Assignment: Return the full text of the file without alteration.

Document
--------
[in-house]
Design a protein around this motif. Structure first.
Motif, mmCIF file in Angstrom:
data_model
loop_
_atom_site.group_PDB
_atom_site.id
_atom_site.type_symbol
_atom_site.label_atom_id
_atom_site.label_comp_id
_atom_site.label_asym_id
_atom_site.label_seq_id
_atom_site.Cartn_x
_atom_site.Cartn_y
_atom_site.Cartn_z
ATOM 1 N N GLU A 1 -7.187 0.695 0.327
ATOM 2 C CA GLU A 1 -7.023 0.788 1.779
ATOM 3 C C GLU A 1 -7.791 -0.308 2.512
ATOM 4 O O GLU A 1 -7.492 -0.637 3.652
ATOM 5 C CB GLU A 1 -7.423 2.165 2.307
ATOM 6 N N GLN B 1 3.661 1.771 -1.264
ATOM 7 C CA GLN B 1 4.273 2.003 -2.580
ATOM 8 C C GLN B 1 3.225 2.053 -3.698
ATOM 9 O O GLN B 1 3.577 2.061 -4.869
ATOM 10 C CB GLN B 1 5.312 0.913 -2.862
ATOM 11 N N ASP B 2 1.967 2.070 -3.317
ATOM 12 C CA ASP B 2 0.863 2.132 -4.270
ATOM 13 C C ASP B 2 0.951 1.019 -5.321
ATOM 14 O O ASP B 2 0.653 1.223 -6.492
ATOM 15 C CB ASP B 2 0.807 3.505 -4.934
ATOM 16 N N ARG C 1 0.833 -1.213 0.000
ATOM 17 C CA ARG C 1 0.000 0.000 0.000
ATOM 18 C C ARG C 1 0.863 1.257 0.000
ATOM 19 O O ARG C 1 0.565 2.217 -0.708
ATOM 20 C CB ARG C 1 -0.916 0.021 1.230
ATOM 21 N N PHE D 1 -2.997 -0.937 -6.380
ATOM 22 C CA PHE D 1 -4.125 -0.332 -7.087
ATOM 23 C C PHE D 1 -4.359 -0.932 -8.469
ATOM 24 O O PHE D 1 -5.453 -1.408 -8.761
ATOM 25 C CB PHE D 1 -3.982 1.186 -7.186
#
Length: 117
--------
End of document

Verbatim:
[in-house]
Design a protein around this motif. Structure first.
Motif, mmCIF file in Angstrom:
data_model
loop_
_atom_site.group_PDB
_atom_site.id
_atom_site.type_symbol
_atom_site.label_atom_id
_atom_site.label_comp_id
_atom_site.label_asym_id
_atom_site.label_seq_id
_atom_site.Cartn_x
_atom_site.Cartn_y
_atom_site.Cartn_z
ATOM 1 N N GLU A 1 -7.187 0.695 0.327
ATOM 2 C CA GLU A 1 -7.023 0.788 1.779
ATOM 3 C C GLU A 1 -7.791 -0.308 2.512
ATOM 4 O O GLU A 1 -7.492 -0.637 3.652
ATOM 5 C CB GLU A 1 -7.423 2.165 2.307
ATOM 6 N N GLN B 1 3.661 1.771 -1.264
ATOM 7 C CA GLN B 1 4.273 2.003 -2.580
ATOM 8 C C GLN B 1 3.225 2.053 -3.698
ATOM 9 O O GLN B 1 3.577 2.061 -4.869
ATOM 10 C CB GLN B 1 5.312 0.913 -2.862
ATOM 11 N N ASP B 2 1.967 2.070 -3.317
ATOM 12 C CA ASP B 2 0.863 2.132 -4.270
ATOM 13 C C ASP B 2 0.951 1.019 -5.321
ATOM 14 O O ASP B 2 0.653 1.223 -6.492
ATOM 15 C CB ASP B 2 0.807 3.505 -4.934
ATOM 16 N N ARG C 1 0.833 -1.213 0.000
ATOM 17 C CA ARG C 1 0.000 0.000 0.000
ATOM 18 C C ARG C 1 0.863 1.257 0.000
ATOM 19 O O ARG C 1 0.565 2.217 -0.708
ATOM 20 C CB ARG C 1 -0.916 0.021 1.230
ATOM 21 N N PHE D 1 -2.997 -0.937 -6.380
ATOM 22 C CA PHE D 1 -4.125 -0.332 -7.087
ATOM 23 C C PHE D 1 -4.359 -0.932 -8.469
ATOM 24 O O PHE D 1 -5.453 -1.408 -8.761
ATOM 25 C CB PHE D 1 -3.982 1.186 -7.186
#
Length: 117